ENGLISH ATHLETES, SEEMINGLY, waited to be invited to go to Athens and consequently never went. Those, who did go, did not go as representatives of any club, but, for the most part, as private pleasure-seekers. They won the 800 and 1,500 metre races, the single-handed weight-lifting, the single and double lawn tennis, a victory in μουσική, and a second place in several events. Their total number was six, of whom one was resident in Athens. The bulk of the competitors was, therefore, Greek and Continental, and it may be safely asserted that their performances were not of the highest class. In fact, wherever an Anglo-Saxon appeared as a competitor, he defeated his foreign opponents in practically every case. The French, who, we fear, were largely responsible for the mismanagement of the international arrangements, sent several athletes, who were lamentably unsuccessful. In the 800 metres race Lermusiaux, the only even passable runner among them, contrived to win a heat in a very poor time, but none of their other runners did anything. Their successes were confined to bicycling and fencing, the latter a form of sport in which they have long excelled, the former a kind of exercise, by many scarcely admitted to the domain of sport, in which they are rapidly conquering a kingdom. The French, in fact, have not progressed so fast in the cultivation of athletics as other Continental nations, who have adopted the practice of them. The reason is somewhat hard to discover, but it is probably to be found in a certain impatience and lack of necessary physique.

The Germans wisely confined themselves for the most part to those gymnastic exercises in which they are so extraordinarily proficient. Three of their party competed in other forms of sport; of these Hofmann of Giessen was a good second in the 100 metres, while Schumann, a little, elderly man, seemed to compete in every event. On the strength of this we have seen him termed “the best all-round athlete at the games,” but, in reality, he would have served his reputation better, had he refrained from exhibiting himself in many of the events in which he competed. His victory in the wrestling, however, was gained by sheer pluck and presence of mind, and his gymnastic performances were excellent.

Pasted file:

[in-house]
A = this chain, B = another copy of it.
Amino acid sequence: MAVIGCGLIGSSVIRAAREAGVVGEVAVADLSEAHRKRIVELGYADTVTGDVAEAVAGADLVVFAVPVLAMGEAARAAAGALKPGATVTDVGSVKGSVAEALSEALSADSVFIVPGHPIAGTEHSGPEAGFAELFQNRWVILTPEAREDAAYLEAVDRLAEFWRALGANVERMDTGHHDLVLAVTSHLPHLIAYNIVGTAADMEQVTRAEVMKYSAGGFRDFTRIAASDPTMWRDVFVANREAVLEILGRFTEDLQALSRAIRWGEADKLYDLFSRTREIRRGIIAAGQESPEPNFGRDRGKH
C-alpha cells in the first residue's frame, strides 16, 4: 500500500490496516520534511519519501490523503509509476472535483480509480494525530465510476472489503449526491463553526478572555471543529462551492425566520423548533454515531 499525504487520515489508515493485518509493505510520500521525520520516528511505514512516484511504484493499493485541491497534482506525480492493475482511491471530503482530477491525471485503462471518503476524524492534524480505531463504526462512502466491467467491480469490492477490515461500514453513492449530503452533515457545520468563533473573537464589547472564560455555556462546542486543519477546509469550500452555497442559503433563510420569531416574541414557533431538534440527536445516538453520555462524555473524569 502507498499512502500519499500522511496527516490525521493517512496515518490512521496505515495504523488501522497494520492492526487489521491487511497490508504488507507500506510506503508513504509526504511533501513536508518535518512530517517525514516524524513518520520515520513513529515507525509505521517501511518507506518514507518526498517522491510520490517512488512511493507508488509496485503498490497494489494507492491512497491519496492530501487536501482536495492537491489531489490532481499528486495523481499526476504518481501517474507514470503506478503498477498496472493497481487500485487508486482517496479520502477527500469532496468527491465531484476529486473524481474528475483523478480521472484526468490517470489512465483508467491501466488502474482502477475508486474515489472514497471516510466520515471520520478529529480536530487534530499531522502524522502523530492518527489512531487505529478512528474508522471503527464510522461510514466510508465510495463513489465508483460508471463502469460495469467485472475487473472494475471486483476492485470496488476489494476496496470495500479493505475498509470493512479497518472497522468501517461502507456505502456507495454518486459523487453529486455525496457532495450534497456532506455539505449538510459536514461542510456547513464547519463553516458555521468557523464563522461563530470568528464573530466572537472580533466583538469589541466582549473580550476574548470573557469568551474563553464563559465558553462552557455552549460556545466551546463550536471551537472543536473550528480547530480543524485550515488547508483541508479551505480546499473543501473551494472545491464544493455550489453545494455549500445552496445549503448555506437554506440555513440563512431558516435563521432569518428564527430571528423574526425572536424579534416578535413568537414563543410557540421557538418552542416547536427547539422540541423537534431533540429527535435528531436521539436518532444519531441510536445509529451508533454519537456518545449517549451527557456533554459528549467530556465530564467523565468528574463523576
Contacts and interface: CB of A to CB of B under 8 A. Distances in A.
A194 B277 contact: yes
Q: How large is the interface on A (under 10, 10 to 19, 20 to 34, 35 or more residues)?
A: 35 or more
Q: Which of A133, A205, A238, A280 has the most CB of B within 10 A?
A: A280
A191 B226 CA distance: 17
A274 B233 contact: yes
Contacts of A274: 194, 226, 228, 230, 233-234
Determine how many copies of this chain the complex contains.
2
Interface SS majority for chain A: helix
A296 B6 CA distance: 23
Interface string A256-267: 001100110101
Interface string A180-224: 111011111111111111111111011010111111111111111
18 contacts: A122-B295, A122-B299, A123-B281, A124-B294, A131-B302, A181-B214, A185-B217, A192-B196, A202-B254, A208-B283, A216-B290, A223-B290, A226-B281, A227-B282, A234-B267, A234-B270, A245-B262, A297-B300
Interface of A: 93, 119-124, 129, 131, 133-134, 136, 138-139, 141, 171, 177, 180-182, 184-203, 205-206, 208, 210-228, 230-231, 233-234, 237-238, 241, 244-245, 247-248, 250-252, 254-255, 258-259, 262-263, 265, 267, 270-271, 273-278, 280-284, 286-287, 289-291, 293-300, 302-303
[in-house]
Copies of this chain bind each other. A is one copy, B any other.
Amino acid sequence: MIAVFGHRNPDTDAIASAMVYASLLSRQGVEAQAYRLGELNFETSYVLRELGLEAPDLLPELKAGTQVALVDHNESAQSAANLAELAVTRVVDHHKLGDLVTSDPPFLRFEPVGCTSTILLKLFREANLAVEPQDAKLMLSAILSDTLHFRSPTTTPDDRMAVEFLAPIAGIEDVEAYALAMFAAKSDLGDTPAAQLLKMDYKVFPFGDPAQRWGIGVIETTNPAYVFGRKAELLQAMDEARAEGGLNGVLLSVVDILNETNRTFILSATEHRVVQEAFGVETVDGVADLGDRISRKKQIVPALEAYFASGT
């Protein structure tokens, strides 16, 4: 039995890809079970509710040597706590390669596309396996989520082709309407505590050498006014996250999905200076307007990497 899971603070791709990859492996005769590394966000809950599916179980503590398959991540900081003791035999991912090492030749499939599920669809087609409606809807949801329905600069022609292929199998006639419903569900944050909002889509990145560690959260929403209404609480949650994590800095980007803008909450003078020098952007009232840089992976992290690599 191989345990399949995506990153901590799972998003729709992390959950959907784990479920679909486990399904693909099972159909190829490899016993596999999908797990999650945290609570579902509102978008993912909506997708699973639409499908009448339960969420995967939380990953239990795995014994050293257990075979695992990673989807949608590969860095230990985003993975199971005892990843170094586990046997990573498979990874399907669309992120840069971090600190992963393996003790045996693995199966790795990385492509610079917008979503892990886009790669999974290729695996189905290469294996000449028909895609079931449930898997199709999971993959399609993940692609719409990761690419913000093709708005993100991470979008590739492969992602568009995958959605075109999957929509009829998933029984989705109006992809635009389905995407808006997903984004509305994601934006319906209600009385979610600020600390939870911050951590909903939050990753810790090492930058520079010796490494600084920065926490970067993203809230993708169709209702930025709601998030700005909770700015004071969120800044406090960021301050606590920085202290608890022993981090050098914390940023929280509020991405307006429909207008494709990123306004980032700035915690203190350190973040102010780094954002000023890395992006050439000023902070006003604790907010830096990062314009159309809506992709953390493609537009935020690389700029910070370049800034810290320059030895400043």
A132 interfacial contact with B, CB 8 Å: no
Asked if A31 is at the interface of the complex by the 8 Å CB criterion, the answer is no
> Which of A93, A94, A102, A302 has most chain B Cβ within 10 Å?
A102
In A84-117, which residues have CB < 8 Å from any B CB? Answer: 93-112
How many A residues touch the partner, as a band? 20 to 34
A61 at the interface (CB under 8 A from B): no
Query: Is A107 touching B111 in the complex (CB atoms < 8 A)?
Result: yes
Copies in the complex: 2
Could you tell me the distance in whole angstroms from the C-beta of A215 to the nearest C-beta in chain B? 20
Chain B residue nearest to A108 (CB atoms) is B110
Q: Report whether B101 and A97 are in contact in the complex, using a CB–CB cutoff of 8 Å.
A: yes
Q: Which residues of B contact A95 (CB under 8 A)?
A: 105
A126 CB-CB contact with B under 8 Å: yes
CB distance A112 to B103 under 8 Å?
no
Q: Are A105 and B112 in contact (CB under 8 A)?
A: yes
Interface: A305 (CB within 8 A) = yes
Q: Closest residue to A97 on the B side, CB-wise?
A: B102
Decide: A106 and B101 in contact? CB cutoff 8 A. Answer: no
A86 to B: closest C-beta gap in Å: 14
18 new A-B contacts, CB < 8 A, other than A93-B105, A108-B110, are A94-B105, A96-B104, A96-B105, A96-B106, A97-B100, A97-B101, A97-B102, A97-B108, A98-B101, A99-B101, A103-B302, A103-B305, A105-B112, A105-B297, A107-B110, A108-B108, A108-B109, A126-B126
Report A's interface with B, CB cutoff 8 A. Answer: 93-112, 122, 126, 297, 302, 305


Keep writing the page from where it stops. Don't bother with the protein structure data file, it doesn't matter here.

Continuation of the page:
Here we may notice incidentally another fault in the organization of the meeting. This arose from an incorrect idea of the relative importance of  ‘different branches of athletics.’ It may be replied that, if an event is once admitted into the programme of the games, it should be treated as on an equality with all the other events. We do not agree with this view. The climax was perhaps reached in connection with the vaulting horse. There were two olive branches, medals and diplomas granted for this exercise, one for leaping the horse, the other for manoeuvring upon a horse with pommels. The exercises performed in the first of these divisions seemed to the athletic and ungymnastic eye to be puerile, and those in the second division little less so. One would at least have expected to see some fine running vaulting from a springboard, as in English gymnasiums. Yet the winners received the same olive branch as the winner of the 100 metres; even the seconds in these absurd gyrations gained the same laurel branch as the second in the Hurdles. They were proclaimed Olympian victors, they returned to their native Germany and Switzerland with a halo of glory, while the second in the 1,500 metres, for instance, a fine runner though quite untrained, had to recross the Atlantic bearing with his the consciousness of merit alone. Of course there can be no graduation of prizes for single events; a winner is a winner, however unimportant be the feat which he has accomplished. But we would suggest that at the next meeting several of these gymnastic and other events should be combined, and a prize awarded for an aggregate of marks. An Olympic wreath is far too precious a thing to be squandered on good form in hopping over a horse or swarming up a rope.